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Fair Tips, Fair Pay? Not in a Recession.

Fair Tips, Fair Pay? Not in a Recession.

Andrew Grice and Cahal Milmo | The Independant

August 18, 2009

Gondola, whose parent company controls assets worth £35bn including Bupa private hospitals, paid its six directors a total of £972,000 last year, with the best-remunerated receiving £311,000. The average salary for one of its restaurant’s staff was £12,800.

Pat McFadden, the Employment minister, said yesterday: "We believe that customers expect tips to go to staff in addition to the minimum wage – not to be used to take them up to the minimum wage.

“That is basic fairness for workers we rely on every day. This is a change we are going to make.” But he said no decision had been made on the timing.

The British Hospitality Association (BHA) which represents the hotel, catering and leisure industry, has asked Lord Mandelson’s Business Department to delay the implementation of the rules until April 2010.

Bob Cotton, its chief executive, said that would give restaurants time to prepare and reduce the prospects of job cuts. “Turnover is down by 10 to 15 per cent in the recession,” he said. “About 35 per cent of costs are labour costs. The first priority is to keep people in work.”

He insisted the BHA supported the Government’s move, saying private equity firms owned only two or three out of 50 restaurant chains and were “not driving” the industry’s campaign.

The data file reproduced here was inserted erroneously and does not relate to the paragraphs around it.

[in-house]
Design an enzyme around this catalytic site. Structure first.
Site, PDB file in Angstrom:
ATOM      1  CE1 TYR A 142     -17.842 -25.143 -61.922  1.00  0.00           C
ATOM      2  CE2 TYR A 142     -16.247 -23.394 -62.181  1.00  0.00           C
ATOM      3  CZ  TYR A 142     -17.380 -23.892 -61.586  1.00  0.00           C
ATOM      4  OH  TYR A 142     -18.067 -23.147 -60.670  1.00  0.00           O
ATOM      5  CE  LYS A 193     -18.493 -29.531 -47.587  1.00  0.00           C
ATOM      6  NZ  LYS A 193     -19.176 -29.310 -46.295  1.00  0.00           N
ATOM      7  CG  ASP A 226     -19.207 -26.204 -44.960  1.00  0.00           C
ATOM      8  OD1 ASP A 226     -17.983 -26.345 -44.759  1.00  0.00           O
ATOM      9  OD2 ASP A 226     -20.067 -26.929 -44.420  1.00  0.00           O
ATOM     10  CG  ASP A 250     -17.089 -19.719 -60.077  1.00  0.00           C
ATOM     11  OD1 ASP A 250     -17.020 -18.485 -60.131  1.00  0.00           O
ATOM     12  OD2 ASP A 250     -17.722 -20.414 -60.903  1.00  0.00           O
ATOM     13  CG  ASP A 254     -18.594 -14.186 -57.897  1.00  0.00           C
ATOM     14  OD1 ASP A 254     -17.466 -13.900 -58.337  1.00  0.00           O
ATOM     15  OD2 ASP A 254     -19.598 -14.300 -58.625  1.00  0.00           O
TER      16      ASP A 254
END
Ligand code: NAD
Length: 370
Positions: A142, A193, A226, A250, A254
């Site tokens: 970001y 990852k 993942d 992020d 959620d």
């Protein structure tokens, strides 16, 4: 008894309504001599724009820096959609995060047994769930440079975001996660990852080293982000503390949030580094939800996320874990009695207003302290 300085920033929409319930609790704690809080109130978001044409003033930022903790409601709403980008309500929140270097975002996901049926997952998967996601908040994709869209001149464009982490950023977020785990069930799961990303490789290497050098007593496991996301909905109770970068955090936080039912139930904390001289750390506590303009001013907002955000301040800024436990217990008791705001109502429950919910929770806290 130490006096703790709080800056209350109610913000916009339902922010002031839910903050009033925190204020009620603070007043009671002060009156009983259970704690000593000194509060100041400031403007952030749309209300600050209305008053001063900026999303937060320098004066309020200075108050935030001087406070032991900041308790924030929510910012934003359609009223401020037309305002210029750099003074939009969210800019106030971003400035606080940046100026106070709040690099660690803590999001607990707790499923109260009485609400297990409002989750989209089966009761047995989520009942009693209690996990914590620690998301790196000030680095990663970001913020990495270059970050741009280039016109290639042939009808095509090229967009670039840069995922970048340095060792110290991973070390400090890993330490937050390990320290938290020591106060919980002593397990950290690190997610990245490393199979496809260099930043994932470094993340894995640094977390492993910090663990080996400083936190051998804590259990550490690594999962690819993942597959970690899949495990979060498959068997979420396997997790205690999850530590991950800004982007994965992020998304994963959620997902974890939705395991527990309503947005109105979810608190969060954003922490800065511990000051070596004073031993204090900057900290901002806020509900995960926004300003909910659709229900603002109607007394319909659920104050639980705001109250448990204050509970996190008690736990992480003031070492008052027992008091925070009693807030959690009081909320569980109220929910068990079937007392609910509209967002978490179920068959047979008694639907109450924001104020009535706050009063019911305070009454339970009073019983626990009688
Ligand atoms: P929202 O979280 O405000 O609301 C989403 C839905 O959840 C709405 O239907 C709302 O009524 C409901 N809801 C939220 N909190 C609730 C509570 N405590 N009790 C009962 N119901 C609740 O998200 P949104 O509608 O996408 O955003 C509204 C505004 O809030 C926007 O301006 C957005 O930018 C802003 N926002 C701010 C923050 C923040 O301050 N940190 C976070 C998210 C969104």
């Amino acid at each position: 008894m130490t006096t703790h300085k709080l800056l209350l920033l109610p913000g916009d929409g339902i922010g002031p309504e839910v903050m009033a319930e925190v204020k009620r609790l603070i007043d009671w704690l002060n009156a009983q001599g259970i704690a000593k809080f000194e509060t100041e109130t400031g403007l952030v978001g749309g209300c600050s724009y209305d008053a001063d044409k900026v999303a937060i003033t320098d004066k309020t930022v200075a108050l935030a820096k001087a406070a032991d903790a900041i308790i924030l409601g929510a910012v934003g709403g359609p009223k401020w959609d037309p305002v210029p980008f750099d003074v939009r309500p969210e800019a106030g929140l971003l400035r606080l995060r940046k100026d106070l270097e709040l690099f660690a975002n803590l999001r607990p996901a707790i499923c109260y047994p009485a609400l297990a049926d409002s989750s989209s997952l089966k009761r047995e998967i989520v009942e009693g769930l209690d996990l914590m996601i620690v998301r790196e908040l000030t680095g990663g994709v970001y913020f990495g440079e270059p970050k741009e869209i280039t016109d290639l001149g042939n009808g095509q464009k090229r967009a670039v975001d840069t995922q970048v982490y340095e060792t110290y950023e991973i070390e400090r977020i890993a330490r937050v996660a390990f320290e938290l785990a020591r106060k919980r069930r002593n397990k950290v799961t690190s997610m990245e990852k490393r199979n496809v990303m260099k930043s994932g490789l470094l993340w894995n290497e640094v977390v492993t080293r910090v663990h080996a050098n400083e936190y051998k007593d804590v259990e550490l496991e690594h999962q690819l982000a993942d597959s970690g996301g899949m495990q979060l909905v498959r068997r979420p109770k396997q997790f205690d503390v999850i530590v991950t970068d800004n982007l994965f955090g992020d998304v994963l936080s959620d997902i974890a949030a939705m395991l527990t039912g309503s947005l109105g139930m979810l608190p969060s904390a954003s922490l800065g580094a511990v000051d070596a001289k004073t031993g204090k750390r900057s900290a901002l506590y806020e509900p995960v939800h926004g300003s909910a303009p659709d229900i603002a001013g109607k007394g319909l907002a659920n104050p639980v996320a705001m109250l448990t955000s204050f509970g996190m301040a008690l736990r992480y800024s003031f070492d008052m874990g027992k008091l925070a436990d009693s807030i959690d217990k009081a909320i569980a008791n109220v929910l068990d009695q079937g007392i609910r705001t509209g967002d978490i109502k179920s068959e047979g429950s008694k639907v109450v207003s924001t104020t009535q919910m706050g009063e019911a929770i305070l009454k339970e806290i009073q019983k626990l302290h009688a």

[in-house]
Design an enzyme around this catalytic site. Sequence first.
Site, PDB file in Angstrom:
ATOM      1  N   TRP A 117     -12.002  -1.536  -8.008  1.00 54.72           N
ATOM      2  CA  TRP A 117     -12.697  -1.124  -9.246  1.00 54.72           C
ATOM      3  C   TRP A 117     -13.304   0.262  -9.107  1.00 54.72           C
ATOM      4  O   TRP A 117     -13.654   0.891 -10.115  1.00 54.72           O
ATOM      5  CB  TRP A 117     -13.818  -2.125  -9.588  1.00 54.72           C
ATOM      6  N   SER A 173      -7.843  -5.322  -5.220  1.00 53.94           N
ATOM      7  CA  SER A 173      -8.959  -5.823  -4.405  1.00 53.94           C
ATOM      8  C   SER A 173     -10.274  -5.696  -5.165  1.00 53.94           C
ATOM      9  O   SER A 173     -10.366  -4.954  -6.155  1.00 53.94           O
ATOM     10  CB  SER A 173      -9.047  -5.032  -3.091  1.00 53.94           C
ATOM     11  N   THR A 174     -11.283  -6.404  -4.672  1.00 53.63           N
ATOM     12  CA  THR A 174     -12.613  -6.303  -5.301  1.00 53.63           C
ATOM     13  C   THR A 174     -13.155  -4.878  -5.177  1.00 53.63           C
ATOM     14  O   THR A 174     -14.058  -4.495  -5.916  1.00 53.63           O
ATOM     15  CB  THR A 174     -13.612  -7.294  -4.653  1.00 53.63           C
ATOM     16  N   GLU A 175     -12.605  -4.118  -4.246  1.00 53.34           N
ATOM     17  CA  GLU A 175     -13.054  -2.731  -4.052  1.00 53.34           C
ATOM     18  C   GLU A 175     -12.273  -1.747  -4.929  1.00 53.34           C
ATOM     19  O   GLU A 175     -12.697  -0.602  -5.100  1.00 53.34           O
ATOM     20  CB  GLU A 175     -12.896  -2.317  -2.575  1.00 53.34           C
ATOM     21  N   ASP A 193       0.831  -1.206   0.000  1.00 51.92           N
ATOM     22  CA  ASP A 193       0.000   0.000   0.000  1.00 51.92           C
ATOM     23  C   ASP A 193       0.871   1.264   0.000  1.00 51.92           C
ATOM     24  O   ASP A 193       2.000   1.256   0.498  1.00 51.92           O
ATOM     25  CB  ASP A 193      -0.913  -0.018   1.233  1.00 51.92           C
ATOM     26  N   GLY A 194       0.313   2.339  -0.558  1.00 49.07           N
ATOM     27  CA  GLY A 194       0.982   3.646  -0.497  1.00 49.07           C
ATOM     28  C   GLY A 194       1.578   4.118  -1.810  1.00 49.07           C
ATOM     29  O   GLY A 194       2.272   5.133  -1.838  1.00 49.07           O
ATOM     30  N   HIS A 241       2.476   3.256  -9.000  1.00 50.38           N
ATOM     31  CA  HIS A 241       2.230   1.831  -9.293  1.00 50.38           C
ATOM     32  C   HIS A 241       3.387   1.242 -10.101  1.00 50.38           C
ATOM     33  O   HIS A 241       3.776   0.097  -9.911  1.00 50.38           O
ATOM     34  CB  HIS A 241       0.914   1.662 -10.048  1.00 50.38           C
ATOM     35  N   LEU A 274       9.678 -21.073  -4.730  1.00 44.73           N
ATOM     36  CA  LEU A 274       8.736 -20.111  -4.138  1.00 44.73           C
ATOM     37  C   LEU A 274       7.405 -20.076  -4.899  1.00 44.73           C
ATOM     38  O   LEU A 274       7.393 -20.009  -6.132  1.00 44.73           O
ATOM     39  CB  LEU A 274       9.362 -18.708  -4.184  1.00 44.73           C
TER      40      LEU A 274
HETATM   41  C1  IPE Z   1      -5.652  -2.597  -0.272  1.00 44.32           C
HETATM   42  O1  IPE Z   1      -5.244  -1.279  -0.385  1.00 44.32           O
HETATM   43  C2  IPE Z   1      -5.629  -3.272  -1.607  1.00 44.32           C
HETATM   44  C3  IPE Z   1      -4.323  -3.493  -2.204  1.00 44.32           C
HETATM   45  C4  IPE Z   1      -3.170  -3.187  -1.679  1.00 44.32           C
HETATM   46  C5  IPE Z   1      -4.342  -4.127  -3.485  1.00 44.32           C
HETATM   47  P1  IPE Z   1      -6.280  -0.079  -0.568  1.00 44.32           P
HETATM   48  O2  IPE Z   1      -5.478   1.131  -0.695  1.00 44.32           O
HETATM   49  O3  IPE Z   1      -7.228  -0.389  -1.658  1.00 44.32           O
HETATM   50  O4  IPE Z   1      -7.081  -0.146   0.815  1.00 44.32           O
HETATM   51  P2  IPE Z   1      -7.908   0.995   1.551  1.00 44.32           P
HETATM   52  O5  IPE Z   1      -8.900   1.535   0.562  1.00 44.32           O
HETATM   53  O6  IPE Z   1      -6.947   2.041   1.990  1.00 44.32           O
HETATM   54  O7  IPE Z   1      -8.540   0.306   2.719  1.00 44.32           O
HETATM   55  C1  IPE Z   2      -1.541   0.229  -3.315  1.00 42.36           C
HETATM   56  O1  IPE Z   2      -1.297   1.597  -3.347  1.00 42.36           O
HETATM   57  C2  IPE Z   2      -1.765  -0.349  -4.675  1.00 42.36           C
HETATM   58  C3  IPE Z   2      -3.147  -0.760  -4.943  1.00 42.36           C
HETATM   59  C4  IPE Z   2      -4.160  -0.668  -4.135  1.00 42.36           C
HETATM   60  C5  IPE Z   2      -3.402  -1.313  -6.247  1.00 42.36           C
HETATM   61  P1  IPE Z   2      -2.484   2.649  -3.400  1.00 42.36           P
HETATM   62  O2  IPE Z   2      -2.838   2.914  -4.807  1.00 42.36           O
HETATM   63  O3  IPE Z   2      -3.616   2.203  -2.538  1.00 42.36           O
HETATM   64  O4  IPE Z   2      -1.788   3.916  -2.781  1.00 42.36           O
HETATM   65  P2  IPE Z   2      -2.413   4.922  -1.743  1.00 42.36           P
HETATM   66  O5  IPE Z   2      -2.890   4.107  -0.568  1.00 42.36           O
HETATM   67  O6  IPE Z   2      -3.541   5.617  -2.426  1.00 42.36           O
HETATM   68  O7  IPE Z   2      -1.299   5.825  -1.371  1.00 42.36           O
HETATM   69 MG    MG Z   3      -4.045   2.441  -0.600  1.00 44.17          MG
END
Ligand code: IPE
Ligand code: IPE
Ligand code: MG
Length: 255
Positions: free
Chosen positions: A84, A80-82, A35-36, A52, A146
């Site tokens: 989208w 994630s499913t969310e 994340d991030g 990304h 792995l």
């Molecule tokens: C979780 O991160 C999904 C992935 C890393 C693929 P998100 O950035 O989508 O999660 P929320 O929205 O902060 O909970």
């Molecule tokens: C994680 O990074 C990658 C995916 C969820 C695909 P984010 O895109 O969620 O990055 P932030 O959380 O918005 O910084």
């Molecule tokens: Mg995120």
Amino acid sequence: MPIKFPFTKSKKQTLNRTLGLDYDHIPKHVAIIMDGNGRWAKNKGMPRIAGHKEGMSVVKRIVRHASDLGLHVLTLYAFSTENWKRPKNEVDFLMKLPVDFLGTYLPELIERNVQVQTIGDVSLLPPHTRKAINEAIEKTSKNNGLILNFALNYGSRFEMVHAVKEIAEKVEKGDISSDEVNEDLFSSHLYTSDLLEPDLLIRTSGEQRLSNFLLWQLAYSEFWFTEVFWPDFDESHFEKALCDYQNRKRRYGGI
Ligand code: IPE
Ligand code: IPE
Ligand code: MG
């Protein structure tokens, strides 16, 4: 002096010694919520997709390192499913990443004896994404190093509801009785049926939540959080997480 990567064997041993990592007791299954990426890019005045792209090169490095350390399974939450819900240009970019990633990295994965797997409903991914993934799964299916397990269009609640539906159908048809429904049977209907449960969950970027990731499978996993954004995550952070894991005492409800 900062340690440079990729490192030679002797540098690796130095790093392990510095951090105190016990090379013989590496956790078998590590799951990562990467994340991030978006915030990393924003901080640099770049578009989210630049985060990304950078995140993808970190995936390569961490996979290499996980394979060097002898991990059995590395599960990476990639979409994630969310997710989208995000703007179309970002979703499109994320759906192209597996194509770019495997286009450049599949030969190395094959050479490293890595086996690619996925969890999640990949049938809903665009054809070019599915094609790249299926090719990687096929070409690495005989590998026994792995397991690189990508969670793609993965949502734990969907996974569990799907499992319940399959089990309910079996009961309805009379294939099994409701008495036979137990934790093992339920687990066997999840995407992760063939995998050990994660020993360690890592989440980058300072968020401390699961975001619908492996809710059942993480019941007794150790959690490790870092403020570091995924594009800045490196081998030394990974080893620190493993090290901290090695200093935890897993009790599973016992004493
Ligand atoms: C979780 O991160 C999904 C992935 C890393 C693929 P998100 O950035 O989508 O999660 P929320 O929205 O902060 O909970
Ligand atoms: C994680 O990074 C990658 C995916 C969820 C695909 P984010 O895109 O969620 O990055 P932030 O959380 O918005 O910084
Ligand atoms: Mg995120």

Last night, MPs and trade unions said the private equity owners of restaurants should not use the recession as an excuse to exploit low-paid staff. They urged the Government not to delay the new rules.

The Labour MP Michael Connarty, whose Commons motion backing The Independent’s campaign was signed by 95 MPs, said: “Companies like private equity firms, that are in it for big bucks and taking out disproportionately large amounts of money, have to be told this is about fairness. It is offensive to the public at this time if the lowest-paid workers are prevented from getting out of poverty when people at the top of these companies are trousering large amounts of money.”

Len McCluskey, the assistant general secretary of the Unite union, said: “Everyone, except greedy bosses, believes that tips and service charges belong to the hard-working staff. There is no justification for the British Hospitality Association to attempt to defend this loophole. A tip is a reward for good service and it should go directly to the people who earned it.”

He added: “This sector has so far failed to demonstrate its commitment to a fair and transparent tipping system. We cannot continue to allow them to abuse customer generosity.”

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